For some time a New Zealand anti-vaccination organisation, the Immunisation Awareness Society (www.ias.org.nz), has been running a scare campaign against medications containing acetaminophen or paracetamol by linking their use to the spread of meningococcal disease, which is a severe medical problem in New Zealand at the moment. The objective of IAS is to deter parents from having their children vaccinated, and the tactic they are using in this case is to suggest that the disease is relatively harmless but can be made worse by the use of antipyretic drugs which reduce the fever associated with the disease. To support this, IAS have produced a report titled "Paracetamol - it's (sic) role in fever, illness and recovery" which can be found at www.ias.org.nz/paracetamol.pdf. (You can see a copy here)
I have had long experience with the opponents of real medicine and I am always suspicious when they start citing the medical literature. Almost universally, the citations fall into one or more of the following categories:
The intention is to impress people who might not have scientific training, and even if they did, might not be able to locate the cited research. Put another way, the intention is to deceive.
I have access to the library at one of Australia largest teaching hospitals, so I set out to check the references in the IAS report. As I expected, many fell into the various classes mentioned above, but I was able to locate at least one paper. In the IAS report it says "And last but not least, if you want to turn chickenpox into fulminant necrotising fasciitis ... go ahead ... and give tylenol/paracetamol" and a reference is given to a paper in the April 1999 edition of Pediatrics. In the abstract of that paper, the authors say:
Conclusion. Ibuprofen use was associated with NF in the setting of primary varicella. Additional studies are needed to establish whether ibuprofen use has a causal role in the development of NF and its complications during varicella.
I didn't have to read beyond the first page of this paper to find that it clearly shows that the research had nothing to do with the product Tylenol or its active ingredient, but was concerned about a possible effect of ibuprofen, a different chemical altogether. Citing this paper was not a mistake, or confusion about any possible connection between ibuprofen and paracetamol, or ignorance of chemistry. It was a blatant lie, and the author hoped that nobody would check. Someone did. (The author, Hilary Butler, recently called me an "emotive lunatic" in a message to the British Medical Journal web site. I don't hold this against her, because she was defending the right of people to shake babies to death at the time and my parents taught me to be tolerant of the mentally ill.) I am not surprised that people who would lie about the dangers of vaccination would lie about something else, but there is a particular irony to this case of deception. There is glaring hypocrisy when people who support the claim that chickenpox is always a harmless disease use one of the nastier sequelae of that disease to frighten parents away from vaccinating their children. If all hypocrisy and lies were to be removed from the publications of the anti-vaccination movement, however, there would be nothing left.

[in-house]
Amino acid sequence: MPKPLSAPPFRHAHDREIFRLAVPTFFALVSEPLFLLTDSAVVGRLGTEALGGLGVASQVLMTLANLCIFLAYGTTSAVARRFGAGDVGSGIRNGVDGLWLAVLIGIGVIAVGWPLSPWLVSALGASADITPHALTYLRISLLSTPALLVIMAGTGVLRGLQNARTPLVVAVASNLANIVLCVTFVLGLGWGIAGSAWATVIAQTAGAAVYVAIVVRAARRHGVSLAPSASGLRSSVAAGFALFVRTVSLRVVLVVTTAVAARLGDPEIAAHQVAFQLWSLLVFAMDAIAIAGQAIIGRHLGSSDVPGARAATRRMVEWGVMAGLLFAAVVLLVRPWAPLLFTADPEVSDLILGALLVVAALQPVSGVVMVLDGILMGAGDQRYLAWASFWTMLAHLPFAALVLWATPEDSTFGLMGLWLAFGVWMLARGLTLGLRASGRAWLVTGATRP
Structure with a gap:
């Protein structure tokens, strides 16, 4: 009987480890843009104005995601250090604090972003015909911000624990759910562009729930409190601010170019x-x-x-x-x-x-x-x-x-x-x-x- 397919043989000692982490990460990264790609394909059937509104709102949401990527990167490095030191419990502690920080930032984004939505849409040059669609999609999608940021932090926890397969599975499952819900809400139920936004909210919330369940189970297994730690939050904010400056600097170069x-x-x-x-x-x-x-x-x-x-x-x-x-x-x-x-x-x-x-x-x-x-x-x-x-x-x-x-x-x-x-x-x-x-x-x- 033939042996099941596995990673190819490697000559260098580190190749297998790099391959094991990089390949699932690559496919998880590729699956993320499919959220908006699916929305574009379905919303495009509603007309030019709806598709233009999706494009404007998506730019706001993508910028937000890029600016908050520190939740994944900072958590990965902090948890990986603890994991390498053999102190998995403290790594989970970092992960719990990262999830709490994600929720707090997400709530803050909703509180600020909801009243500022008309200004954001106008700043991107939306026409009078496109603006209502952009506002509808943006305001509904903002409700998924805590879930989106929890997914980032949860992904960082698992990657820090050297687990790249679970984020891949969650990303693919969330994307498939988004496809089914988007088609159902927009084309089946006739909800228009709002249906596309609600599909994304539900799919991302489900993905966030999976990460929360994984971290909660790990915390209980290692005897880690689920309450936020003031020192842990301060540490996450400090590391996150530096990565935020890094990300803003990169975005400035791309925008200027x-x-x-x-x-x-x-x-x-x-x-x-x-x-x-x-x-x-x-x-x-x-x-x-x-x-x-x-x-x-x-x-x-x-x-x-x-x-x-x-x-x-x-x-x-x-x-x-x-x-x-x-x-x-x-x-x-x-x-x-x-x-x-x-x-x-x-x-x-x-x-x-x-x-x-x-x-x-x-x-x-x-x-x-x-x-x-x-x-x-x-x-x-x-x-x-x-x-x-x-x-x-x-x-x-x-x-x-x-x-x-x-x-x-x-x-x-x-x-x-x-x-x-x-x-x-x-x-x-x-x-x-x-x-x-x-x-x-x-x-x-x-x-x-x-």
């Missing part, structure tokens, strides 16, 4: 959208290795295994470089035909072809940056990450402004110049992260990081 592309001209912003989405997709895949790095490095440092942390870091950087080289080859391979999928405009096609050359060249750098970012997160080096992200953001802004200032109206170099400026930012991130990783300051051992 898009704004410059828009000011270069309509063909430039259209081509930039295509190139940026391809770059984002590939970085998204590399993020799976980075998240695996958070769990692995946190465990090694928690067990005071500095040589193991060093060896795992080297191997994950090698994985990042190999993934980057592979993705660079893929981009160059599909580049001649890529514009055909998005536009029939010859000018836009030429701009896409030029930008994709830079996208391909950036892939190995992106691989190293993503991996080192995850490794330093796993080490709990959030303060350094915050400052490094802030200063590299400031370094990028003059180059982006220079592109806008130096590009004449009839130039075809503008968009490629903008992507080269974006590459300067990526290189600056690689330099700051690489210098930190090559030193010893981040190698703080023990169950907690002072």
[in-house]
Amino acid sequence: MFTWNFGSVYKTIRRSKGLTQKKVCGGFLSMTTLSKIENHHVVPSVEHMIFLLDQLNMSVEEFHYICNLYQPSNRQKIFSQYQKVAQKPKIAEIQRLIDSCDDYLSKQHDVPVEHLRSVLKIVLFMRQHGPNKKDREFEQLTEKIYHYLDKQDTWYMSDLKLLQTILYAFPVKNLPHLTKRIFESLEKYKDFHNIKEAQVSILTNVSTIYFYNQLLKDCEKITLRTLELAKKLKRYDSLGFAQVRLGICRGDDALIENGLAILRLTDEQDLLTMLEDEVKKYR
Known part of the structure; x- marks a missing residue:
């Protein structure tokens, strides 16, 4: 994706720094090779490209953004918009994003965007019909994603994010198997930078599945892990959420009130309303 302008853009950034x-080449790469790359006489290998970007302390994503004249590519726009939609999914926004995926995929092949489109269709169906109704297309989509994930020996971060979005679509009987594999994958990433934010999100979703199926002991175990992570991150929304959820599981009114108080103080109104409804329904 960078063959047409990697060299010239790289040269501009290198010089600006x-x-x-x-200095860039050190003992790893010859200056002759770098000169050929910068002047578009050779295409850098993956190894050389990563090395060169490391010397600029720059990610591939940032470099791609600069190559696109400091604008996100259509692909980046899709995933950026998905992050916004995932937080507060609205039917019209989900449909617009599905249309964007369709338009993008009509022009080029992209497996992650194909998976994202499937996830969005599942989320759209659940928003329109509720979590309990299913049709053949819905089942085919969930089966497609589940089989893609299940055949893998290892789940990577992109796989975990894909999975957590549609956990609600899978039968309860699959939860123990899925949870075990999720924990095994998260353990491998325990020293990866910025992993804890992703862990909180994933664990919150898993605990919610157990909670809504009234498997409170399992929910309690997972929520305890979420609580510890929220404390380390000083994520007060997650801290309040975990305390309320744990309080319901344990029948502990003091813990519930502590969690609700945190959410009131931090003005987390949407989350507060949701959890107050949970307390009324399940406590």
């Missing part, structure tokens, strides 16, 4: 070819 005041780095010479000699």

The IAS have been in trouble before for using a brand name instead of a generic name for a medication. There is a "correction" appearing on the front page of the IAS web site, as well as on some of the PDF files of reports contained in the site, which dissociates the brand name "Pamol" from any suggestion that it might actually cause meningococcal disease. I assume from this that such an inference could be drawn from statements which had previously appeared on the site and in IAS publications, and that the lawyers representing Parke-Davis/Warner Lambert have forced the retraction to protect the reputation of the brand. However, the site still contains a statement, not backed by any scientific research, that the product branded "Tylenol" can directly cause children to suffer from a particularly disgusting and distressing condition. I thought that it would be appropriate to write a letter to the lawyers who manage intellectual property rights and trade marks for Johnson & Johnson in New Zealand to point out the devaluation of the Tylenol brand, and I made the following suggestion:
I urge you to take action to protect your client's valuable brand name from abuse by people who want to use it to further their perverted agenda to prevent children from receiving protection against dangerous diseases.
I hope that the Immunisation Awareness Society appreciates the efforts I have made to ensure that their publications and scientific claims are all truthful and trustworthy. After all, if they decide to only publish the truth about the dangers of vaccines then their workload will be considerably reduced.